BROOKLYN, N.Y. (PIX11) — One of the largest churches in the city says that some of its ministry is being compromised by thick grease and wastewater coming from one of the city’s most popular restaurant chains.  

The Brooklyn Tabernacle says the potentially hazardous problem has persisted for so long that it must sue Dallas BBQ to get it to clean up its act.  

More specifically, the megachurch’s annex is the scene of the dilemma. It is a 60,000-square-foot basement complex at 190 Livingston Street that houses a variety of church facilities, including a gym for school-age and young adult church members.  

It was in the gym that Brian Pettrey, an associate pastor at Brooklyn Tabernacle, spoke on Thursday about an indicator of the problem. He had stood next to a puddle of liquid on the gym’s floor.  

“The puddle is a continuation of the problem that’s persisted for the past several years,” Rev. Pettrey said in an interview. “We cleaned it up yesterday, [and] it’s back again today.” 

While his church, like most others, looks above for inspiration and salvation, Pettrey said that he and the rest of the leadership at Brooklyn Tabernacle keep having to look up for something else.  

“We’re underneath Dallas BBQ,” he said, pointing to the ceiling of the basement annex.  

From pipes just below and just above that ceiling, the pastor said, something, a lot of it, has been pouring down into the church’s facilities. 

The church released images of the leakage as part of the lawsuit that it filed on Tuesday after, it said, multiple pleas to Dallas BBQ to fix the problem of leaking fluid went unanswered.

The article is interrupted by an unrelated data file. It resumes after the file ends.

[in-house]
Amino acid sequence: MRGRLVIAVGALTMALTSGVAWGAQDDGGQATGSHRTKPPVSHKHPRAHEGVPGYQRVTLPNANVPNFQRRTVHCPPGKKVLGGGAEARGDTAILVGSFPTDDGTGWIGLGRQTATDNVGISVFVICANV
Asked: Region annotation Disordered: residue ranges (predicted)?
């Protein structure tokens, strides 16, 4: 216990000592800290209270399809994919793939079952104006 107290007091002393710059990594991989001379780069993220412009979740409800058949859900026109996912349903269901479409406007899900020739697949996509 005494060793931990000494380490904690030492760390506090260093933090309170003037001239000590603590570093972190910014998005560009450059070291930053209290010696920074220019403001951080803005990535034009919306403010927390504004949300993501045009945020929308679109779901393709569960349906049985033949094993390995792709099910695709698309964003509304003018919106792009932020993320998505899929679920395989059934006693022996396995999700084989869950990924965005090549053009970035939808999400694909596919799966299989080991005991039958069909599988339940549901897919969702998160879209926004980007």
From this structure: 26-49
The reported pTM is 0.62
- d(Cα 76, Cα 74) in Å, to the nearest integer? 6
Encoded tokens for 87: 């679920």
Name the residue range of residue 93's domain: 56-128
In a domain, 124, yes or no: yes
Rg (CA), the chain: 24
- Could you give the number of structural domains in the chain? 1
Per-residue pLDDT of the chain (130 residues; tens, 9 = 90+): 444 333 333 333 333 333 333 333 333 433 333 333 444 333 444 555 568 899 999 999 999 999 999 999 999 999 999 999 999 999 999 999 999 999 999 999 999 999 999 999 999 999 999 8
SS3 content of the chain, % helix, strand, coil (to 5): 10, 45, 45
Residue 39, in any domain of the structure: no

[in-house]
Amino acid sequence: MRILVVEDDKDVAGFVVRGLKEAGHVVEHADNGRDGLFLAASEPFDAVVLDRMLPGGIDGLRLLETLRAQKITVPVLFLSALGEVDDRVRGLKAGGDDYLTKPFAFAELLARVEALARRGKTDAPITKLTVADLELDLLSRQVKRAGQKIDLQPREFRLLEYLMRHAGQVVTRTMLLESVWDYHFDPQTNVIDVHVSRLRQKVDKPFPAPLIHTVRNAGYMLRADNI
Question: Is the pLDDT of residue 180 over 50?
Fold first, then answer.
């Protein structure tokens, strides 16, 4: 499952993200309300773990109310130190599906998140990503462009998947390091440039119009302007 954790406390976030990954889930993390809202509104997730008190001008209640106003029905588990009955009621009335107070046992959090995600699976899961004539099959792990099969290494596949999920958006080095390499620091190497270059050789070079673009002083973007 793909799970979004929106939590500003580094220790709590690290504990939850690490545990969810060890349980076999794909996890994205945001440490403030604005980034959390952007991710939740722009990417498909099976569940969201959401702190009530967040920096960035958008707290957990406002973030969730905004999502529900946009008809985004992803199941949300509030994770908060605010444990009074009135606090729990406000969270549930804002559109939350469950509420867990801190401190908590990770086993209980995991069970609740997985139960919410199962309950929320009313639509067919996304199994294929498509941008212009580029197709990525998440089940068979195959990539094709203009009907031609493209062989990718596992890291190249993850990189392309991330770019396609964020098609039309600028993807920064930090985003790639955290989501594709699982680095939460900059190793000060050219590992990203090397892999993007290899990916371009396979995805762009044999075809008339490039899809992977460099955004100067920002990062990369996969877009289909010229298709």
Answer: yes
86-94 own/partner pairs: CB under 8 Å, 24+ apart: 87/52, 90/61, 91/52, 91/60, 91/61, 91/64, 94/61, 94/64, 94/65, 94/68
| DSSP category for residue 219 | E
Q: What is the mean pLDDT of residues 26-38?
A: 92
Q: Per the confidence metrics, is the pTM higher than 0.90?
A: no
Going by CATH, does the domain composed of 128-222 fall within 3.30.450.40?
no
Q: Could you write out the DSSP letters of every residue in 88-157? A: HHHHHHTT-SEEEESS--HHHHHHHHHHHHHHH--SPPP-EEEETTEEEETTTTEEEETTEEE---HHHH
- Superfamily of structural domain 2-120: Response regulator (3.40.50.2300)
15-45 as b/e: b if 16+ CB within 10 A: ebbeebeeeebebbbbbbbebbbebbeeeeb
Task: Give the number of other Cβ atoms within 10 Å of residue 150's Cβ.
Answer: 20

The church also stated that scenes of insulation materials on the floor, loosened by torrents of heavy, putrid liquid, have kept happening, over and over in the last couple of years.  

Daniel Arbeeny is a church member whose four children are involved in some of the church’s programs, that often take place in its annex facility in the building basement. 

“Raw chicken? Sewage water?” he asked, referring to the substances that he said he is seen come out of pipes in the ceiling. “Whatever it is,” he continued, “it’s gross.”  

Pettrey said that activities in which some of the thousands of church members participate have had to be canceled multiple times because of the pipe leaking problem. He said the frequency and severity had left the church no choice but to take legal action. 

“We hate to have to do this to force their hand,” Rev. Pettrey said. “We’re a church. We just don’t want to have a problem anymore.” 

Dallas BBQ, as well as the company that manages the building, Thor Equities, are defendants in the civil suit. Neither company responded to requests from PIX11 News for comment.